Botswana confirms Dalai Lama visit despite China anger
Botswana on Tuesday confirmed it will allow the Dalai Lama to visit next month as "a foreign dignitary" in the face of China's fierce opposition to the Tibetan spiritual leader.
Beijing views the Dalai Lama as a dangerous separatist campaigning for Tibetan independence and consistently condemns foreign governments who welcome him.
Botswana Foreign Minister Pelonomi Venson-Moitoi told lawmakers that the visit was "purely private" but added that the Dalai Lama would be granted the status of a foreign dignitary.
She did not confirm a government announcement last week that he would meet President Ian Khama, which prompted a stern response from Beijing.
However the president will "extend basic courtesies for Dalai Lama" and the government protocol office "is charged with the responsibility to facilitate foreign dignitaries... this includes Dalai Lama," the foreign minister said.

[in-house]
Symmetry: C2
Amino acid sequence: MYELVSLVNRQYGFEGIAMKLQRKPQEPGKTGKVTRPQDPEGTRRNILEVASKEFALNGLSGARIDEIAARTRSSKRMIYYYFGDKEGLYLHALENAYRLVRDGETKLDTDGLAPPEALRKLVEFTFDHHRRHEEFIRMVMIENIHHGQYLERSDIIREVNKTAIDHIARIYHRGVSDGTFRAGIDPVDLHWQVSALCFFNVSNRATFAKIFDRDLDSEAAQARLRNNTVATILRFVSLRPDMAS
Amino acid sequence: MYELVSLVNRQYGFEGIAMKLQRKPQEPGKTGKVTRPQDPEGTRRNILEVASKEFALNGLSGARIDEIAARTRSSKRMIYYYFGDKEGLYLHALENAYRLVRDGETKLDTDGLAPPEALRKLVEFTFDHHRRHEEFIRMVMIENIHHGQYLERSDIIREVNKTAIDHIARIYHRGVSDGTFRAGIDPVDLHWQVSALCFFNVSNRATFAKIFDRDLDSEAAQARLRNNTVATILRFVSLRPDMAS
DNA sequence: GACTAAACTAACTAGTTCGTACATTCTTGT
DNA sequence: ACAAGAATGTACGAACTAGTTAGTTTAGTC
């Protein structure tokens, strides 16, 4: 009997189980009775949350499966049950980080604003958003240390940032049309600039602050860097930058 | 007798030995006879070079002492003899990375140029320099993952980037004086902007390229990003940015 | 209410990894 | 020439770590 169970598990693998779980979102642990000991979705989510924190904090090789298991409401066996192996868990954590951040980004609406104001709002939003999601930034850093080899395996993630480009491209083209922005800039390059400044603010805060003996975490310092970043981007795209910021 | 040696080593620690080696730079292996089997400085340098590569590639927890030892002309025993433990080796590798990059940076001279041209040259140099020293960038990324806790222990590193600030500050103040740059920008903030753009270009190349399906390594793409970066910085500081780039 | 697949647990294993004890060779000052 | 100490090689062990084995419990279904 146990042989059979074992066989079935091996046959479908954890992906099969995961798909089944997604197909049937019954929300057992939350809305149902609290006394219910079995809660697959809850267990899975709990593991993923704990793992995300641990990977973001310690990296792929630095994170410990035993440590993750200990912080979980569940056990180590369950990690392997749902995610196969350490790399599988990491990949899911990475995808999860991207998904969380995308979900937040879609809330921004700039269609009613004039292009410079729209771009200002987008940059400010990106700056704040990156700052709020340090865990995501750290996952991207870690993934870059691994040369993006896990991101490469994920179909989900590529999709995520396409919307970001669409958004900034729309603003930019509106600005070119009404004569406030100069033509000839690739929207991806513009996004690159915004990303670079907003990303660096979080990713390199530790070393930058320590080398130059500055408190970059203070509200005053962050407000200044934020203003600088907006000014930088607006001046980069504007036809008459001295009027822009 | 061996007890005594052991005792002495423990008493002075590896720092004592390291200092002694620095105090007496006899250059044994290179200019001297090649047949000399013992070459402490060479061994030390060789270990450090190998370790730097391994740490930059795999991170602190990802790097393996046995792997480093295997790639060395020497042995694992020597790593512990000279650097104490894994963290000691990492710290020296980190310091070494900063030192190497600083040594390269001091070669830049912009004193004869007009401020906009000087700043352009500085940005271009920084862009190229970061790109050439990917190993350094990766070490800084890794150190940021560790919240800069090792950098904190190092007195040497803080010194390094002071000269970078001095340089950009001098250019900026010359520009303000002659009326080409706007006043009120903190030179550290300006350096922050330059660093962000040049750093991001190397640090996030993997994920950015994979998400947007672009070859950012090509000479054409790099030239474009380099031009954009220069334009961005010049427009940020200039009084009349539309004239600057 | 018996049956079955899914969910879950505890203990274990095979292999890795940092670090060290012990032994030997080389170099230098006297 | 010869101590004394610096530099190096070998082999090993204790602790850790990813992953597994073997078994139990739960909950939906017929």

Venson-Moitoi also said in a parliamentary answer that "the principle of non-interference in the international affairs of other countries is at the core of China's foreign policy".
"We therefore expect... China to respect our sovereign decision on this matter."
The Tibetan leader, who lives in exile in India, is due to speak at the three-day "Mind and Life Dialogue" conference in Botswana's capital Gaborone on August 19.
Venson-Moitoi expressed the hope that the visit would not "diminish the existing strong bonds" between the two countries.
China is a key investor across Africa and the continent's largest trade partner and in Botswana it has helped build coal-fired power plants, road networks, bridges and schools.
The Dalai Lama says he is seeking more autonomy for Tibet rather than outright independence.